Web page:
"We see an organic interest in learning about issues of gentrification, urban design and planning here on campus," said Shkuda. "And we want to tap into that and support it in any way we can."
"In connecting with University centers and departments, we broaden the depth and scope of experiential learning that takes place through Breakout," said Keira Wilson, program coordinator at the Pace Center. "This happens both in terms of helping students tap into the wealth of knowledge and expertise that the Princeton campus community has to offer, as well as building bridges for students to continue to explore and take further action when they return from the field."
The students who went to Maine focused on a variety of topics relating to fisheries including fisher livelihoods, aquaculture and indigenous people's rights.
Returning to campus, Katherine Smith and Michelangelo Ball Van Zee, seniors majoring in ecology and evolutionary biology, are examining ways to share what they've discovered. They want to make sure Princeton is using the most sustainable seafood practices, in terms of codes and guidelines, as well as finding out more about local sustainable seafood options.
"At Princeton, with dining halls, eating clubs and free food everywhere, it's easy to detach yourself from the source of what you're eating and its environmental and social impact," said Smith. "One of the most tangible elements of ecology in human activity is fisheries."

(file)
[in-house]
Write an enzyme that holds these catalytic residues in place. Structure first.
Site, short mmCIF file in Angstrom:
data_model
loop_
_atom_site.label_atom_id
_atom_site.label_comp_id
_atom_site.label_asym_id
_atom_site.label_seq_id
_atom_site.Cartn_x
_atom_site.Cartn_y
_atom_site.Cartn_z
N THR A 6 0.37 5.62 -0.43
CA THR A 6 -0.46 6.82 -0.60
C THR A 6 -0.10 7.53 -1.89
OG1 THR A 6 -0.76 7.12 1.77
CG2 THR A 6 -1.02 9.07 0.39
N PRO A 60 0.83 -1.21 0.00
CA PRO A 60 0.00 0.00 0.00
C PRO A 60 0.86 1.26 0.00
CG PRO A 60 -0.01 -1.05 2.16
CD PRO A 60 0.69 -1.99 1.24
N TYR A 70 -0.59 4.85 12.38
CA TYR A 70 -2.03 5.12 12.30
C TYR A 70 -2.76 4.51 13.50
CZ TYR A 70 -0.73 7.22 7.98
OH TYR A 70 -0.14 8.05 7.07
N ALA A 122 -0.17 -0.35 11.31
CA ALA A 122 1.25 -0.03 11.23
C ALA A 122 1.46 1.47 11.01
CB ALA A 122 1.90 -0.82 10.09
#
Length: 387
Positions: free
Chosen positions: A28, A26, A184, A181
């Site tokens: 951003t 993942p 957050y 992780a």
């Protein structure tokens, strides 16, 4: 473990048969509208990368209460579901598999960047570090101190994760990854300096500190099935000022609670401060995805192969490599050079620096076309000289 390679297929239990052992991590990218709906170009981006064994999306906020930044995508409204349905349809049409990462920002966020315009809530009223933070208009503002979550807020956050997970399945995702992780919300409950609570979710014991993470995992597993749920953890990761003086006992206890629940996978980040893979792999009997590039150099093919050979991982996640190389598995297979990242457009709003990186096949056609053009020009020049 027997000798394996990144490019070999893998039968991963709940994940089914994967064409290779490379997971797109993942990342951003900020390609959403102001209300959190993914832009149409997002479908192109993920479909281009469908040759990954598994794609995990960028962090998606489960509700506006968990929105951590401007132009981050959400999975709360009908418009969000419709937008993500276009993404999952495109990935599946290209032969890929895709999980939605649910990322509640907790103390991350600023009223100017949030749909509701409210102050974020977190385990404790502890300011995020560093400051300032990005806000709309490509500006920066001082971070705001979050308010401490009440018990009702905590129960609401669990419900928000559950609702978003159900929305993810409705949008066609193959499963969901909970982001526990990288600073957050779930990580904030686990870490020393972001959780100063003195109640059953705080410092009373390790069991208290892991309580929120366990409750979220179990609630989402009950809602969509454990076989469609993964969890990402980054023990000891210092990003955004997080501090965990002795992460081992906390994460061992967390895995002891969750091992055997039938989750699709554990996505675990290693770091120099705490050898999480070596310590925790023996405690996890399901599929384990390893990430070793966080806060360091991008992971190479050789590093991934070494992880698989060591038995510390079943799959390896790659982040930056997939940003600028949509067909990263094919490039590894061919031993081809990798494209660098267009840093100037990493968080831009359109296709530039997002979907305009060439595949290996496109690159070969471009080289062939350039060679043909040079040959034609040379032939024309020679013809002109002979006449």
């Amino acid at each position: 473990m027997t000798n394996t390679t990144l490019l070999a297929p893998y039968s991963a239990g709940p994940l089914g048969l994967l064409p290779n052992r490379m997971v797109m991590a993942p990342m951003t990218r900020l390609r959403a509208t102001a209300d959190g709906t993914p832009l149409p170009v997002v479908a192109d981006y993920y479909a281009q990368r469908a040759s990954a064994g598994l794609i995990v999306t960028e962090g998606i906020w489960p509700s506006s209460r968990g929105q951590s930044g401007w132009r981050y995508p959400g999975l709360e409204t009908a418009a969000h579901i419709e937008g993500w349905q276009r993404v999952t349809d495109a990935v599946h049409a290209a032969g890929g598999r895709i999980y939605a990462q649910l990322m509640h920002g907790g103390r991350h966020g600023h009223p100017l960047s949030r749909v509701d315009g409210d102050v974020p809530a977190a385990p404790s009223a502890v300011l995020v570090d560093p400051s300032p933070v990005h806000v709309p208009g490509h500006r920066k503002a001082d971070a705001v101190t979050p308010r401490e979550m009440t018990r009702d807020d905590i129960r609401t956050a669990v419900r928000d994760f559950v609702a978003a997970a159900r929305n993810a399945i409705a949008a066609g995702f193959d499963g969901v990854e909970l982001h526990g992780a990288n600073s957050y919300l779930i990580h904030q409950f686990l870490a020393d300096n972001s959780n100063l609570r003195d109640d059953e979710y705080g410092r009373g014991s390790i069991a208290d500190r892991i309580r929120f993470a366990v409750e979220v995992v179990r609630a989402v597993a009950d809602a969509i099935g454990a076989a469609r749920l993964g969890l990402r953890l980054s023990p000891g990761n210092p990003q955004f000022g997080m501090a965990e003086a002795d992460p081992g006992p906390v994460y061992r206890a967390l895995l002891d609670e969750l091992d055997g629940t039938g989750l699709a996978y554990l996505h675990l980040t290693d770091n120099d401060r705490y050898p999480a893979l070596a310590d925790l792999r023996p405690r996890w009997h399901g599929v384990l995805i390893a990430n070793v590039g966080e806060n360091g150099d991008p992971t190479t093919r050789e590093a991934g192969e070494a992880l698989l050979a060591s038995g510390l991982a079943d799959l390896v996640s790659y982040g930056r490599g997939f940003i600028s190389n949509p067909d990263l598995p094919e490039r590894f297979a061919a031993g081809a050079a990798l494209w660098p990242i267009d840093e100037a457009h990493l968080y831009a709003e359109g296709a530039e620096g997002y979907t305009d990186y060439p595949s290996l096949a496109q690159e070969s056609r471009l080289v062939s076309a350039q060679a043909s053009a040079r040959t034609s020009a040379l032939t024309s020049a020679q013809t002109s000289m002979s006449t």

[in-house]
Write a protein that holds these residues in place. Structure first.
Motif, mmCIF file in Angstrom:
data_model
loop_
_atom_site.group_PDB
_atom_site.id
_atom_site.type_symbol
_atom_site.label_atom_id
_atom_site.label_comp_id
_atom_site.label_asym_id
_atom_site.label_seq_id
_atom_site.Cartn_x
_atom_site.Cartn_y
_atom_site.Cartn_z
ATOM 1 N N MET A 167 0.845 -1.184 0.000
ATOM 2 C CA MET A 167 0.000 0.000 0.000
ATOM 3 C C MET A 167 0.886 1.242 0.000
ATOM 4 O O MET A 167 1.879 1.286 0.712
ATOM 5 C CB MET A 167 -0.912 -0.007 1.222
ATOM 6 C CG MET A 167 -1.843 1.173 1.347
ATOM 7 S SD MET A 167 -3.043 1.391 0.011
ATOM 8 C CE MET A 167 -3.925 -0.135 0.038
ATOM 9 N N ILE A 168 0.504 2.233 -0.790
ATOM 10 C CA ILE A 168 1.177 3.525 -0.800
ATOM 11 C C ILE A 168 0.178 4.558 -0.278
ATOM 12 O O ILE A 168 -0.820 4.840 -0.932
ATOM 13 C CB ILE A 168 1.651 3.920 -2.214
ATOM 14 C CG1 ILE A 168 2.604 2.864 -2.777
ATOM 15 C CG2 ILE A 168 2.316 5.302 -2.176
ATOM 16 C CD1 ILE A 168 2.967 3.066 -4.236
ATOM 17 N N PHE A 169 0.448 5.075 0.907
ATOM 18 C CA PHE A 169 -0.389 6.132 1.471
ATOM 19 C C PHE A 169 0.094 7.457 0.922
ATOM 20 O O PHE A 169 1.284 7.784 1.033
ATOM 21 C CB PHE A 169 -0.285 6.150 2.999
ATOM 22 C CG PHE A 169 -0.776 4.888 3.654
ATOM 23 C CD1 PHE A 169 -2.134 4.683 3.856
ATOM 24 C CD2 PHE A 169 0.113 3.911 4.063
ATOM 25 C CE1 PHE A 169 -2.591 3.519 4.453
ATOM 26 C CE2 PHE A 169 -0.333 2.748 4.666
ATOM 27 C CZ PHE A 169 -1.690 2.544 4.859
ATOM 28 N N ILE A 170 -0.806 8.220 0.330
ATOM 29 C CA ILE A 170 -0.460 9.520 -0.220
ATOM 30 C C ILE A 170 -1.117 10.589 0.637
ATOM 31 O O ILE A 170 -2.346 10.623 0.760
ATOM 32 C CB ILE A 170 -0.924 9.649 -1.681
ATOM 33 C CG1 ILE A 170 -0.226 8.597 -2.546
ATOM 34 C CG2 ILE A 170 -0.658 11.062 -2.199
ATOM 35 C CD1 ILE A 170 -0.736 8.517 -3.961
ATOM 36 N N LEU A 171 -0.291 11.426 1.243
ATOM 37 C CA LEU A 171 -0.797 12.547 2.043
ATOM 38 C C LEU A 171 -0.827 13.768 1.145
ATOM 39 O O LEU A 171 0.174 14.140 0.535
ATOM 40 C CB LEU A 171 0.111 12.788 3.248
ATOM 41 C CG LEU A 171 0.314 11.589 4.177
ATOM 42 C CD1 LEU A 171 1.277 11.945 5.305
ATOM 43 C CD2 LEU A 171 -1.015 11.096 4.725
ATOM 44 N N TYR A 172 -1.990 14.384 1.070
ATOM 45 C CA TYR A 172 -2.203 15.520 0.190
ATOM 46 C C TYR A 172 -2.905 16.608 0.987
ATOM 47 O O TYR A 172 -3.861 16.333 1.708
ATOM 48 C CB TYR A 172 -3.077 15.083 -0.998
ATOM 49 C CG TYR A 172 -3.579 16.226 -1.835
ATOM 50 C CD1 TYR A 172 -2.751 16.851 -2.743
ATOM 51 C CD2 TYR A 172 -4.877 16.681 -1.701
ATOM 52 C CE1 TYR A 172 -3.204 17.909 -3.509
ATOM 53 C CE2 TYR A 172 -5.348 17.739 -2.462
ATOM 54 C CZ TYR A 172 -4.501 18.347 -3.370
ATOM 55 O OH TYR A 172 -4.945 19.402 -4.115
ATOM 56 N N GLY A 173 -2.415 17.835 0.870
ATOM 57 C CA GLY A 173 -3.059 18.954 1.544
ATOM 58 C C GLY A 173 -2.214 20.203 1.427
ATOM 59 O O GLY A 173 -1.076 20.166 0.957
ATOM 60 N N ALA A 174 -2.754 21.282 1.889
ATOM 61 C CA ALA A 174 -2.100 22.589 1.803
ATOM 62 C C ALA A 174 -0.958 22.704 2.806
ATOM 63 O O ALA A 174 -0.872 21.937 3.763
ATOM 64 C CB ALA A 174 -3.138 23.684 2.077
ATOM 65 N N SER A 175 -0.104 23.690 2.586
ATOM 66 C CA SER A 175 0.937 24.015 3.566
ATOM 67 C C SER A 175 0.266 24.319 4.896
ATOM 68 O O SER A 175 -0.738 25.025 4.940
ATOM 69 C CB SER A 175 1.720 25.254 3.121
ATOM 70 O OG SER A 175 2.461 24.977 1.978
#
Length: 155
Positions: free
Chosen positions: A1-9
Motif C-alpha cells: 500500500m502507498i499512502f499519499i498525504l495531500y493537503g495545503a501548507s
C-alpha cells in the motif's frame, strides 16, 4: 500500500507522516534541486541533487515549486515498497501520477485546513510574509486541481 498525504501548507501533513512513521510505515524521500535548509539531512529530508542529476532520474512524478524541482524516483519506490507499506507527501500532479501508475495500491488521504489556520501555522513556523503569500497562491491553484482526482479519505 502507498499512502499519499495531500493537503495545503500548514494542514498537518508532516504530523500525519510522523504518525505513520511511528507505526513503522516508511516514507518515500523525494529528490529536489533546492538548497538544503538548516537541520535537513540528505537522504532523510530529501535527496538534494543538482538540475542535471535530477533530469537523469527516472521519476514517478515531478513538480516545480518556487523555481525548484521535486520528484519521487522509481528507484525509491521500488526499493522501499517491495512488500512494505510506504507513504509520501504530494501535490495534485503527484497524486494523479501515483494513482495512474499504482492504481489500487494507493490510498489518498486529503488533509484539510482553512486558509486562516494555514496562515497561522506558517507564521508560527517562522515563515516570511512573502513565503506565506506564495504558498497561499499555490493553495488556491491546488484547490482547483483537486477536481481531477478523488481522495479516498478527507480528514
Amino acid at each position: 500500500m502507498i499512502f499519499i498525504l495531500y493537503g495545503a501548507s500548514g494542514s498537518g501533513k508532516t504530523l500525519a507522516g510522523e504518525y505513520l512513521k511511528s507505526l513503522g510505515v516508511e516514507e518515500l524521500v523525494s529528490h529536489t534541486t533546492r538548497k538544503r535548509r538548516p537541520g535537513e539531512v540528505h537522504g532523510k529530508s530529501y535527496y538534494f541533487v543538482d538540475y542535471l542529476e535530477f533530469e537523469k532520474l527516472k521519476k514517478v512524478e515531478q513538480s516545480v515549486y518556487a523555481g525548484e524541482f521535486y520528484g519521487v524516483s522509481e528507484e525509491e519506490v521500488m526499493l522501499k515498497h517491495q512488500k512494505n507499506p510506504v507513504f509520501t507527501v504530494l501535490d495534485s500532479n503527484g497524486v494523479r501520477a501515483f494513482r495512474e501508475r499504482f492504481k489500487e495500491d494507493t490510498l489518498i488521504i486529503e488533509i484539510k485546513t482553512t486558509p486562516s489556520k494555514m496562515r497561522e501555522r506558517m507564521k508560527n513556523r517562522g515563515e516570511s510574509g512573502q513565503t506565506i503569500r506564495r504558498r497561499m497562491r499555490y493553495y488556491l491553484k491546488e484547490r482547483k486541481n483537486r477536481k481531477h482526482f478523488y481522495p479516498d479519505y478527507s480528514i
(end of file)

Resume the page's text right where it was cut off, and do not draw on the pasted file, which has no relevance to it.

"We're going to be meeting with Smitha Haneef, executive director of Campus Dining, to have a broader discussion about how decisions are made here on campus and if we need to make any changes," Smith added.
For sophomore Hannah Srajer, co-leader of the Alabama trip with junior Tumise Asebiomo, a politics major, Breakout solidified her drive for education reform. The group met with school leaders, policymakers and nonprofit organizations, in the context of the 50th anniversary of the Civil Rights Act, to examine the impact of the pervasive impact of race on education today.
"Growing up in Chicago my high school was very diverse, but the honors and AP classes did not reflect that diversity," said Srajer. "Tumise and I decided to create this trip because we wanted to go to the root of the issue. We wanted to see what's at the heart of the work being done and transfer what we learn here to what we do in life."
Srajer, who is considering majoring in politics, said, "I now want to go to law school."
Students who participated in Breakout Princeton chronicled their experiences via blogs and social media.
The Pace Center will accept applications for University students to go on spring 2015 trips Nov. 17-Dec. 1 through an online application at the Pace Center website. Trip proposals for fall 2015 and spring 2016 will open in early April 2015.